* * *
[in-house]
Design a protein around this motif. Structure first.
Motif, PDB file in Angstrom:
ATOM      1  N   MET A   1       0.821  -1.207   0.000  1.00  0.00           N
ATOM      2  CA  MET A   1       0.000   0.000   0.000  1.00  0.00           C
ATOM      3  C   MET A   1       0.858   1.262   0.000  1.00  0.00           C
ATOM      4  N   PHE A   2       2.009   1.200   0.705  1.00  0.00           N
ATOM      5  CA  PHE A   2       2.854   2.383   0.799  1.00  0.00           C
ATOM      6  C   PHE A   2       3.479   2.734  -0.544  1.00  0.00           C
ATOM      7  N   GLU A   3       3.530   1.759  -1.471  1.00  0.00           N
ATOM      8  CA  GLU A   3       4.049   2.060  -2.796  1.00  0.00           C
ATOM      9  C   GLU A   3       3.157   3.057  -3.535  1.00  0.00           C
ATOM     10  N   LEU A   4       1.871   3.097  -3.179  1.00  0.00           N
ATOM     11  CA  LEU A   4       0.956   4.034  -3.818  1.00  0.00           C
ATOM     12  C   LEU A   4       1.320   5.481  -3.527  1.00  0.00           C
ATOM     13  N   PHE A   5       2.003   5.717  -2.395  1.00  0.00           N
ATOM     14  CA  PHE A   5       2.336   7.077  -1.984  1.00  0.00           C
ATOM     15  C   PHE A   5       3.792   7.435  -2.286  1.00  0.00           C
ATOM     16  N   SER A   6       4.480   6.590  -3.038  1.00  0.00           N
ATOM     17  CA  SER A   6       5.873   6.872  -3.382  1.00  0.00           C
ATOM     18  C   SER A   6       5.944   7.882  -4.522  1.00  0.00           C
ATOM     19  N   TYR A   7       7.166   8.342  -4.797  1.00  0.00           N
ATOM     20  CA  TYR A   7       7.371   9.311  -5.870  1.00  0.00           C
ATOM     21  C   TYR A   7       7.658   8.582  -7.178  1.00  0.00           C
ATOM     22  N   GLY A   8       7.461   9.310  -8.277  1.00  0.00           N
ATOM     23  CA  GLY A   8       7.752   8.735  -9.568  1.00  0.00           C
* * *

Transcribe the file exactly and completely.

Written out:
[in-house]
Design a protein around this motif. Structure first.
Motif, PDB file in Angstrom:
ATOM      1  N   MET A   1       0.821  -1.207   0.000  1.00  0.00           N
ATOM      2  CA  MET A   1       0.000   0.000   0.000  1.00  0.00           C
ATOM      3  C   MET A   1       0.858   1.262   0.000  1.00  0.00           C
ATOM      4  N   PHE A   2       2.009   1.200   0.705  1.00  0.00           N
ATOM      5  CA  PHE A   2       2.854   2.383   0.799  1.00  0.00           C
ATOM      6  C   PHE A   2       3.479   2.734  -0.544  1.00  0.00           C
ATOM      7  N   GLU A   3       3.530   1.759  -1.471  1.00  0.00           N
ATOM      8  CA  GLU A   3       4.049   2.060  -2.796  1.00  0.00           C
ATOM      9  C   GLU A   3       3.157   3.057  -3.535  1.00  0.00           C
ATOM     10  N   LEU A   4       1.871   3.097  -3.179  1.00  0.00           N
ATOM     11  CA  LEU A   4       0.956   4.034  -3.818  1.00  0.00           C
ATOM     12  C   LEU A   4       1.320   5.481  -3.527  1.00  0.00           C
ATOM     13  N   PHE A   5       2.003   5.717  -2.395  1.00  0.00           N
ATOM     14  CA  PHE A   5       2.336   7.077  -1.984  1.00  0.00           C
ATOM     15  C   PHE A   5       3.792   7.435  -2.286  1.00  0.00           C
ATOM     16  N   SER A   6       4.480   6.590  -3.038  1.00  0.00           N
ATOM     17  CA  SER A   6       5.873   6.872  -3.382  1.00  0.00           C
ATOM     18  C   SER A   6       5.944   7.882  -4.522  1.00  0.00           C
ATOM     19  N   TYR A   7       7.166   8.342  -4.797  1.00  0.00           N
ATOM     20  CA  TYR A   7       7.371   9.311  -5.870  1.00  0.00           C
ATOM     21  C   TYR A   7       7.658   8.582  -7.178  1.00  0.00           C
ATOM     22  N   GLY A   8       7.461   9.310  -8.277  1.00  0.00           N
ATOM     23  CA  GLY A   8       7.752   8.735  -9.568  1.00  0.00           C